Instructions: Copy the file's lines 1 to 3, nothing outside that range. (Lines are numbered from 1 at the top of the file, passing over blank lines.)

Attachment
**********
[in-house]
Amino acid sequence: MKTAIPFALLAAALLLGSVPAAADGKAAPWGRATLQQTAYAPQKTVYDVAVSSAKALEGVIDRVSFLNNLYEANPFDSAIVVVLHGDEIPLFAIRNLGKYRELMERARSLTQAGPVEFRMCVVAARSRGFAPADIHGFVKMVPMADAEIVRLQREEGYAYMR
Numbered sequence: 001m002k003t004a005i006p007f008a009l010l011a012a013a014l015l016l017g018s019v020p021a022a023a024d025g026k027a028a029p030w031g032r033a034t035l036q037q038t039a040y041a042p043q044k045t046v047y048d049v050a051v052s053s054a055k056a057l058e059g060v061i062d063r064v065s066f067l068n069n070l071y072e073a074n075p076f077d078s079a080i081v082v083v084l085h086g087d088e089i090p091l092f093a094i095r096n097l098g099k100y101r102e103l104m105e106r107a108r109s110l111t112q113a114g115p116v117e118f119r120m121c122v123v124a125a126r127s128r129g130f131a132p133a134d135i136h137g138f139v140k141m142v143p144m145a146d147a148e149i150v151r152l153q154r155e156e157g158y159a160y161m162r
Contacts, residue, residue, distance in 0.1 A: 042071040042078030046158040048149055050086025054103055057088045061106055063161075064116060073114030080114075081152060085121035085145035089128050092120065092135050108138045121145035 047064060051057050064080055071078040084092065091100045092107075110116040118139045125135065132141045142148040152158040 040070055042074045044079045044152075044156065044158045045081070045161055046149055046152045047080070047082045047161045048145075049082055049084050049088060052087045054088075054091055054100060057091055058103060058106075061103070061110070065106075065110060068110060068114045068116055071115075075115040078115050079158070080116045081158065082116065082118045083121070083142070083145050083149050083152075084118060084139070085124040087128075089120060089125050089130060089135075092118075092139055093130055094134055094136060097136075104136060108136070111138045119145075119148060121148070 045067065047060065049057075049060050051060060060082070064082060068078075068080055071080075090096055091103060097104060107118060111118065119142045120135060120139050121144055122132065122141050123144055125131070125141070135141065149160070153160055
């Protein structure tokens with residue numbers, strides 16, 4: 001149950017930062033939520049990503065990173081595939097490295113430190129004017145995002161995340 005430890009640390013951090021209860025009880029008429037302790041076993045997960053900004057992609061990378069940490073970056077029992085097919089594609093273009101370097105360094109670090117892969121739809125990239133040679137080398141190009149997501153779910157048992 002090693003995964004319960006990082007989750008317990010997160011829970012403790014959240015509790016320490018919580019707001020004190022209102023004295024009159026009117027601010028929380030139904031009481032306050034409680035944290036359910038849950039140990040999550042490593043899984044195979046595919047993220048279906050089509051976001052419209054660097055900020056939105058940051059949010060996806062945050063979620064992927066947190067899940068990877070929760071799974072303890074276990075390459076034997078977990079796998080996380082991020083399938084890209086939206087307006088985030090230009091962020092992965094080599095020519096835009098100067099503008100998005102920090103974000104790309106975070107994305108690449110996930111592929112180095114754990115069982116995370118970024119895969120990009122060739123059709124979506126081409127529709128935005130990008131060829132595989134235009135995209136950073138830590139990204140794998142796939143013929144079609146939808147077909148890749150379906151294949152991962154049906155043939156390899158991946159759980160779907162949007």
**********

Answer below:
[in-house]
Amino acid sequence: MKTAIPFALLAAALLLGSVPAAADGKAAPWGRATLQQTAYAPQKTVYDVAVSSAKALEGVIDRVSFLNNLYEANPFDSAIVVVLHGDEIPLFAIRNLGKYRELMERARSLTQAGPVEFRMCVVAARSRGFAPADIHGFVKMVPMADAEIVRLQREEGYAYMR
Numbered sequence: 001m002k003t004a005i006p007f008a009l010l011a012a013a014l015l016l017g018s019v020p021a022a023a024d025g026k027a028a029p030w031g032r033a034t035l036q037q038t039a040y041a042p043q044k045t046v047y048d049v050a051v052s053s054a055k056a057l058e059g060v061i062d063r064v065s066f067l068n069n070l071y072e073a074n075p076f077d078s079a080i081v082v083v084l085h086g087d088e089i090p091l092f093a094i095r096n097l098g099k100y101r102e103l104m105e106r107a108r109s110l111t112q113a114g115p116v117e118f119r120m121c122v123v124a125a126r127s128r129g130f131a132p133a134d135i136h137g138f139v140k141m142v143p144m145a146d147a148e149i150v151r152l153q154r155e156e157g158y159a160y161m162r